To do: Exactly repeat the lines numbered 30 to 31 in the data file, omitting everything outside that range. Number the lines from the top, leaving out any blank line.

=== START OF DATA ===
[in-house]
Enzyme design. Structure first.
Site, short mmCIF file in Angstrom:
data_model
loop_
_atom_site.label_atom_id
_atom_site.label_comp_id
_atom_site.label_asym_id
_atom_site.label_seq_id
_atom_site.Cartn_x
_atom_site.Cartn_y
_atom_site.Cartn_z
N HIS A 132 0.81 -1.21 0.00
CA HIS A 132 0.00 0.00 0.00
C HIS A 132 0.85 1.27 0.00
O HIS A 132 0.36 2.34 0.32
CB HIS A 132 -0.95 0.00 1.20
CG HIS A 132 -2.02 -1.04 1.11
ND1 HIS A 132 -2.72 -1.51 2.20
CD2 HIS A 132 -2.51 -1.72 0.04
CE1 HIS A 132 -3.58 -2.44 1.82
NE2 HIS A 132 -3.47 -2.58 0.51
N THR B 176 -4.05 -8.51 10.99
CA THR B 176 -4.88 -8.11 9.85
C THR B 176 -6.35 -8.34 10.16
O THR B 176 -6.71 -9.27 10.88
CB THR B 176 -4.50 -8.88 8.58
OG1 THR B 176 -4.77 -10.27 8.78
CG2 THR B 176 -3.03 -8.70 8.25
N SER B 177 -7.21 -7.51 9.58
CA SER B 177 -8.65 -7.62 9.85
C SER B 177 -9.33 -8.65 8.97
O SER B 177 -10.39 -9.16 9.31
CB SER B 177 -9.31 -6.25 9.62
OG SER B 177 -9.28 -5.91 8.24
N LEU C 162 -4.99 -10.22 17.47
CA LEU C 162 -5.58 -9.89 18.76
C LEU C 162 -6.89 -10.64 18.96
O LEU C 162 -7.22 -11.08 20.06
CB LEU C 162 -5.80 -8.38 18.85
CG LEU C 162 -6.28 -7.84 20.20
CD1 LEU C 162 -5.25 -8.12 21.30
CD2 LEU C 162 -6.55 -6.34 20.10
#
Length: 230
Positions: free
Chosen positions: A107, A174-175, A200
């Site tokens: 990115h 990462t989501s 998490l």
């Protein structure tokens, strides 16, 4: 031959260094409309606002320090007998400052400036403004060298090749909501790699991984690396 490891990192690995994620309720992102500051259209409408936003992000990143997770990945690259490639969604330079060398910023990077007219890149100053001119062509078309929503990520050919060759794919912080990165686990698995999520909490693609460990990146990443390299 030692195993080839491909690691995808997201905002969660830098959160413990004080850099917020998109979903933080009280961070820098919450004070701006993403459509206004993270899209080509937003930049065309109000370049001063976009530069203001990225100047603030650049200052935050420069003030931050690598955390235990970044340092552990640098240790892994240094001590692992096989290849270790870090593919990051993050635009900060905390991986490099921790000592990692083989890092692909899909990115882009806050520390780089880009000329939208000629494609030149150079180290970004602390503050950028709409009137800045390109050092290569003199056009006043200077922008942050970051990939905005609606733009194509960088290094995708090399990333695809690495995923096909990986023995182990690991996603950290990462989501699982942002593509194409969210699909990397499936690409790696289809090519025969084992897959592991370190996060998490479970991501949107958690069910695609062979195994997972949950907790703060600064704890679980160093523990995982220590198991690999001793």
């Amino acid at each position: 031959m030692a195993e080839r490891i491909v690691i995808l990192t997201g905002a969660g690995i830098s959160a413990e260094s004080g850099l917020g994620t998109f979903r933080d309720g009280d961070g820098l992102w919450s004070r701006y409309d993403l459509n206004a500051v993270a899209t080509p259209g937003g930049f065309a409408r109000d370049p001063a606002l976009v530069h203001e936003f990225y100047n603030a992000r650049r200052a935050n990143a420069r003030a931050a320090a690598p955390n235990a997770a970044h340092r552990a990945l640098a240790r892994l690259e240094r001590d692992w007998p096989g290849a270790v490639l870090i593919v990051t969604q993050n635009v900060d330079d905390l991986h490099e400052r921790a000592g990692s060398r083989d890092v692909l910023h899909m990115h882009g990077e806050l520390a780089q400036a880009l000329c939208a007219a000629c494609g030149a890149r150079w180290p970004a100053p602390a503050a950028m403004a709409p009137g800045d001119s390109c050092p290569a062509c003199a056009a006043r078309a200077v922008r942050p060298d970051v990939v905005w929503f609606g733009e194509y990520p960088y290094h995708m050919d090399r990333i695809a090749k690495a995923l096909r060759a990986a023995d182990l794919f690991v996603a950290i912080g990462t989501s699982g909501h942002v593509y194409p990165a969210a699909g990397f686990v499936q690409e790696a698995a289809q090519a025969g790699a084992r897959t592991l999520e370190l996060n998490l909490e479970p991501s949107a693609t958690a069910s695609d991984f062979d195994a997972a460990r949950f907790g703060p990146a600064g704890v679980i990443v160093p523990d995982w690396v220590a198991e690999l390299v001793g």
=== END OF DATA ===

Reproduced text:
N SER B 177 -7.21 -7.51 9.58
CA SER B 177 -8.65 -7.62 9.85